In a year when racial and social inequities emerged into painful relief, Destinee Ross-Sutton forged space in the insular art world for Black artists to thrive—with equity. When the art adviser, curator, and artist advocate was asked by Christie’s in June 2020 to cocurate a virtual exhibition of 22 artists of African descent called Say It Loud, in which 100% of the proceeds would go directly to the artists and their representatives, she was apprehensive. Proceeds are one thing. But what about the secondary market, where the original buyer sells the work at auction for a profit? Shouldn’t the artists get a portion of that, too? This entrenched system, she says, is “another form of exploitation of Black labor—really, labor of anyone.”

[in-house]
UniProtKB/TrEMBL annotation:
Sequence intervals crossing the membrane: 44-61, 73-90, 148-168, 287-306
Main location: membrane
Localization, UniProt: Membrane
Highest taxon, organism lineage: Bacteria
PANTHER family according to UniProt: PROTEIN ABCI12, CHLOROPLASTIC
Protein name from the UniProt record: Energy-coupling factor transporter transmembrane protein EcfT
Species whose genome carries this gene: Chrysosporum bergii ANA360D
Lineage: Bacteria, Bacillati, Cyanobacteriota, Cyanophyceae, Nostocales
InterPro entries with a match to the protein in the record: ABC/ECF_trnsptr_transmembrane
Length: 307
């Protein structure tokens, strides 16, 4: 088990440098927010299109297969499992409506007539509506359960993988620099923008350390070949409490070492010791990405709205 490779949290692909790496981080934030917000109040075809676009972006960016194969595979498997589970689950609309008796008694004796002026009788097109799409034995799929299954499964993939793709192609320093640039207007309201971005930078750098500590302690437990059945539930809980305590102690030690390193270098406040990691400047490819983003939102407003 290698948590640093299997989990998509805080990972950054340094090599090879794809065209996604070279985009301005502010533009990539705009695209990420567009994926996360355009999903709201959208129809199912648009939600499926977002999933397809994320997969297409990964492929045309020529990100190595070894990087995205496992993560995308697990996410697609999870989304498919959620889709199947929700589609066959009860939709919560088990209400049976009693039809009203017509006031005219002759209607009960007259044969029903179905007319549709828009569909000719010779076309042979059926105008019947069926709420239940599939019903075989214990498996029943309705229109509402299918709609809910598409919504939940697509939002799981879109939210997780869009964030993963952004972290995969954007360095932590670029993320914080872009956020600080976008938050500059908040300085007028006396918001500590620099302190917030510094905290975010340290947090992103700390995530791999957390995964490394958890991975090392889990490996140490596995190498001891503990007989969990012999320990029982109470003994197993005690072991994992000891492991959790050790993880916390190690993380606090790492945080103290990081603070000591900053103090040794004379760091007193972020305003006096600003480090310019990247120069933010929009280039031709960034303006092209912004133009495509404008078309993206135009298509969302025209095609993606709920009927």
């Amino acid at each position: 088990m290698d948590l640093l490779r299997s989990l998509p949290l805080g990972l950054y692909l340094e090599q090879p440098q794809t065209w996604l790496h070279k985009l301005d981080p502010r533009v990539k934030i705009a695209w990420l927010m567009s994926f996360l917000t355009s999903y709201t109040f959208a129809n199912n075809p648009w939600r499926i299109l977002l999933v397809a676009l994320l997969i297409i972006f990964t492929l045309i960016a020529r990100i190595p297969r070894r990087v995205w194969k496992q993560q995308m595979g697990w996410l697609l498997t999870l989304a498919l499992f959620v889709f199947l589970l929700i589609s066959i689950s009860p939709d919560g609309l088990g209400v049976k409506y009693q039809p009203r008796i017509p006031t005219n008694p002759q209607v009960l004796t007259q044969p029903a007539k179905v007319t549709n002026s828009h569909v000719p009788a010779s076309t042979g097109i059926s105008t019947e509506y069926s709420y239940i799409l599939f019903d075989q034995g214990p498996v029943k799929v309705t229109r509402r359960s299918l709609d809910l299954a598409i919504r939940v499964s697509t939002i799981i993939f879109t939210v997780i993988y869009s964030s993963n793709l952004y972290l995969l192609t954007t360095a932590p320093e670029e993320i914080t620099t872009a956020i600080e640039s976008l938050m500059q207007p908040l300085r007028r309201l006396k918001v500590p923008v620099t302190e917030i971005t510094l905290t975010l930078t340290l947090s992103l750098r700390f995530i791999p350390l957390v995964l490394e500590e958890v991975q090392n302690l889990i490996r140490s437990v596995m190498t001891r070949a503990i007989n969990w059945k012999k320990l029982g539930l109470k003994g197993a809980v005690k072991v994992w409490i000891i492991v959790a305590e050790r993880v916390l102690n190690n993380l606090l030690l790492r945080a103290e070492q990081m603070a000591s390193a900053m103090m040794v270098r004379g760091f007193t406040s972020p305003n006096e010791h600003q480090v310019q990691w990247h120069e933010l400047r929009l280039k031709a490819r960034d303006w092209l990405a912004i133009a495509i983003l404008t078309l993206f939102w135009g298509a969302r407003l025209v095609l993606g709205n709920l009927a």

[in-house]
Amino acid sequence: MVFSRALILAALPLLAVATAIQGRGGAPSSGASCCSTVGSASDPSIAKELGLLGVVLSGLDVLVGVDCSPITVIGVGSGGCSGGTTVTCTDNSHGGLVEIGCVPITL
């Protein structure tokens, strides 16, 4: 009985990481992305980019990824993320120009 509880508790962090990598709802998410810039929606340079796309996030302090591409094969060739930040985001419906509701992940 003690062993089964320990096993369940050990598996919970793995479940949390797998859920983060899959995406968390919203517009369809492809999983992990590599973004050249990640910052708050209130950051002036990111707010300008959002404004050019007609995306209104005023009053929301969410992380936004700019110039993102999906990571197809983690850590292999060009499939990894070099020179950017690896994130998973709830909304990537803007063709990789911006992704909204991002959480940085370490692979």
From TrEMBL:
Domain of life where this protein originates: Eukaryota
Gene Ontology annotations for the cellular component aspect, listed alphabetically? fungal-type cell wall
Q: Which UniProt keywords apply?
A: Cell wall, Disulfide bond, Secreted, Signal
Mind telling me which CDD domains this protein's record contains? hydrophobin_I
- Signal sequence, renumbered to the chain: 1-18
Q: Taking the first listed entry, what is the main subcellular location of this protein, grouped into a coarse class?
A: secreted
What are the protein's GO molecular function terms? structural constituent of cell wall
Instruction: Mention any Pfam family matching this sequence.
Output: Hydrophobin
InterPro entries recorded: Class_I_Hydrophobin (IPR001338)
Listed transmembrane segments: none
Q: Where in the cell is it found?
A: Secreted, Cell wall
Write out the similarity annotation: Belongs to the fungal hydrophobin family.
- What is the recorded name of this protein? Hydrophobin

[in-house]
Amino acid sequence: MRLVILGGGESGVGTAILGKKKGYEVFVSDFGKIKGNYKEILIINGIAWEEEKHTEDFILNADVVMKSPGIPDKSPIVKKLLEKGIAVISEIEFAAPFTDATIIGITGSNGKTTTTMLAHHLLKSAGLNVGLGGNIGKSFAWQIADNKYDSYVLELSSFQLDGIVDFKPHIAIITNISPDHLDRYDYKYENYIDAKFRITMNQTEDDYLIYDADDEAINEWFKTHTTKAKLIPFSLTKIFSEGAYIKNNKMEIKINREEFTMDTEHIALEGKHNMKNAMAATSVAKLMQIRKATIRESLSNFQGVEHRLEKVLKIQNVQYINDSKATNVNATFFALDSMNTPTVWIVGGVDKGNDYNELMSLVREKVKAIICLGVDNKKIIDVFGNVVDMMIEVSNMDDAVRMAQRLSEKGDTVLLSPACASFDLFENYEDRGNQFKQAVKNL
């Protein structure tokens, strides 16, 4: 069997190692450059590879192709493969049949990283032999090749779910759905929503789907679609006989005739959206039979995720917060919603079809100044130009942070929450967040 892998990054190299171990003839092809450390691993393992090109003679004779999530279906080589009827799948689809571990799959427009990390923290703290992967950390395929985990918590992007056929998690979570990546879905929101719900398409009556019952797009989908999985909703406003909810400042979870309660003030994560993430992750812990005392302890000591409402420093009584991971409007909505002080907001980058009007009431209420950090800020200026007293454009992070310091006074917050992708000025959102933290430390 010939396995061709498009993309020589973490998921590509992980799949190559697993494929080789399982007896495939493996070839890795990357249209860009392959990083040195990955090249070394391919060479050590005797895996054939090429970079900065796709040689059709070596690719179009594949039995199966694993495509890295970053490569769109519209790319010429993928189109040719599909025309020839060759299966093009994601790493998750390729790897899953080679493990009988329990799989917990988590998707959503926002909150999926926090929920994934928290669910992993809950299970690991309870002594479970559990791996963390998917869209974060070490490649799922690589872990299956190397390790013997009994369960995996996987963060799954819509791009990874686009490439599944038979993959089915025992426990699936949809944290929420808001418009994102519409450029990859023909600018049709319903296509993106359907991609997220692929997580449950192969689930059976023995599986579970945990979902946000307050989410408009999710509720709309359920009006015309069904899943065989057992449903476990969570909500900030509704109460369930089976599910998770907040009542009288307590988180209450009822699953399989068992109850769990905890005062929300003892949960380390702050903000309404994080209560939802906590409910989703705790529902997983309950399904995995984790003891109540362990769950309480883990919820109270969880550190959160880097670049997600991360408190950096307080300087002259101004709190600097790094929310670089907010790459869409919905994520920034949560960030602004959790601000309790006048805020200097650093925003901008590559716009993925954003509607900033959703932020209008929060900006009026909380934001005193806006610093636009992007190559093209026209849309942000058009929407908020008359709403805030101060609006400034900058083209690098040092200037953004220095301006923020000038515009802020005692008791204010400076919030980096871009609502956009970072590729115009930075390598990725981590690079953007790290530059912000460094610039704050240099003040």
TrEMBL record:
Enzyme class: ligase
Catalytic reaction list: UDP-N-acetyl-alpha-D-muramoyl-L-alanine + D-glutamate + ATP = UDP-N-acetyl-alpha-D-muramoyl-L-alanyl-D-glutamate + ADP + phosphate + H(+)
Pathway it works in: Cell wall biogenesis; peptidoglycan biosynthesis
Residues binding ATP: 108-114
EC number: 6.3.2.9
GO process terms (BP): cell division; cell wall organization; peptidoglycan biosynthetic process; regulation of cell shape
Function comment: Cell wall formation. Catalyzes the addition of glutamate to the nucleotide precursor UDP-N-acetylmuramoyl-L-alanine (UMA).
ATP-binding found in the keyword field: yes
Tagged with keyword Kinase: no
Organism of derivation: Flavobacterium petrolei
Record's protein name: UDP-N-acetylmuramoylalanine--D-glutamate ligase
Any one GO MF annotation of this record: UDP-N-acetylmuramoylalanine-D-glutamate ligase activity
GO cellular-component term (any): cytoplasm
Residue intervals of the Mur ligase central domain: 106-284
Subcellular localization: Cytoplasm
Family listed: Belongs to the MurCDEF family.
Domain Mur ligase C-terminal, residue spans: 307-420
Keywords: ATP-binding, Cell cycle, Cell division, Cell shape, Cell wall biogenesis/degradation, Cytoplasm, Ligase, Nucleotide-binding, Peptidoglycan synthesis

Ross-Sutton negotiated an agreement with the auction house stating that a prospective buyer must retain a purchased work for three to five years; if sold after that, 15% of the resale proceeds would go directly to the artist. Plus, the artist or their representatives would have the right of refusal, meaning they could decline to sell to a would-be buyer. The role of the agreement, she says, was “to make [buyers] aware of their function within the art world,” which should be supporting the artist. Ultimately, it worked: the pieces sold for more than $300,000 collectively, and a second Say It Loud show with Christie’s opened earlier this month, this time as a physical exhibition and auction. Ross-Sutton now knows of at least 10 international galleries that have begun to employ the same work retention agreement, including her own; in December, the Ross-Sutton Gallery opened as a pop-up in New York and since April, it has a permanent space in the SoHo neighborhood. More than 120 works have been sold so far.
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